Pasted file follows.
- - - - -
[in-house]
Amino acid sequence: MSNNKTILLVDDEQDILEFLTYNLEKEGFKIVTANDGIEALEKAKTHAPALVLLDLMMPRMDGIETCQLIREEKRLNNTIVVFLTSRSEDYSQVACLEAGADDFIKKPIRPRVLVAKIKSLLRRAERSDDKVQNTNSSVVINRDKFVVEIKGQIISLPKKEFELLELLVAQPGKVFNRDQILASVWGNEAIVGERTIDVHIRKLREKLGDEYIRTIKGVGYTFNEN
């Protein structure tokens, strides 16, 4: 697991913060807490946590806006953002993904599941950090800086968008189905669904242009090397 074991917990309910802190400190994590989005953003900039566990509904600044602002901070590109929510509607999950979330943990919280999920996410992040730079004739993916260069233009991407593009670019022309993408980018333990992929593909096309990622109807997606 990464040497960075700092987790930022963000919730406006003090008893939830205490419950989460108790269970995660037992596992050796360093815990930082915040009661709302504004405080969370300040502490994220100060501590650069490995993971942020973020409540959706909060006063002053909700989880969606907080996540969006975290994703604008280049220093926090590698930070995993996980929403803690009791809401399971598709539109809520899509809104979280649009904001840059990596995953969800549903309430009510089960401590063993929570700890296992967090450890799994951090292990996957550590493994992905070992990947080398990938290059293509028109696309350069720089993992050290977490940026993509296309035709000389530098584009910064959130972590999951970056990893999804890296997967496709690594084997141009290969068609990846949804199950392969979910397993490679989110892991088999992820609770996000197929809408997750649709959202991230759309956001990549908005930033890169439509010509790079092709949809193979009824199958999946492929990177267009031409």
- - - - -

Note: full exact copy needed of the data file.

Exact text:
[in-house]
Amino acid sequence: MSNNKTILLVDDEQDILEFLTYNLEKEGFKIVTANDGIEALEKAKTHAPALVLLDLMMPRMDGIETCQLIREEKRLNNTIVVFLTSRSEDYSQVACLEAGADDFIKKPIRPRVLVAKIKSLLRRAERSDDKVQNTNSSVVINRDKFVVEIKGQIISLPKKEFELLELLVAQPGKVFNRDQILASVWGNEAIVGERTIDVHIRKLREKLGDEYIRTIKGVGYTFNEN
């Protein structure tokens, strides 16, 4: 697991913060807490946590806006953002993904599941950090800086968008189905669904242009090397 074991917990309910802190400190994590989005953003900039566990509904600044602002901070590109929510509607999950979330943990919280999920996410992040730079004739993916260069233009991407593009670019022309993408980018333990992929593909096309990622109807997606 990464040497960075700092987790930022963000919730406006003090008893939830205490419950989460108790269970995660037992596992050796360093815990930082915040009661709302504004405080969370300040502490994220100060501590650069490995993971942020973020409540959706909060006063002053909700989880969606907080996540969006975290994703604008280049220093926090590698930070995993996980929403803690009791809401399971598709539109809520899509809104979280649009904001840059990596995953969800549903309430009510089960401590063993929570700890296992967090450890799994951090292990996957550590493994992905070992990947080398990938290059293509028109696309350069720089993992050290977490940026993509296309035709000389530098584009910064959130972590999951970056990893999804890296997967496709690594084997141009290969068609990846949804199950392969979910397993490679989110892991088999992820609770996000197929809408997750649709959202991230759309956001990549908005930033890169439509010509790079092709949809193979009824199958999946492929990177267009031409």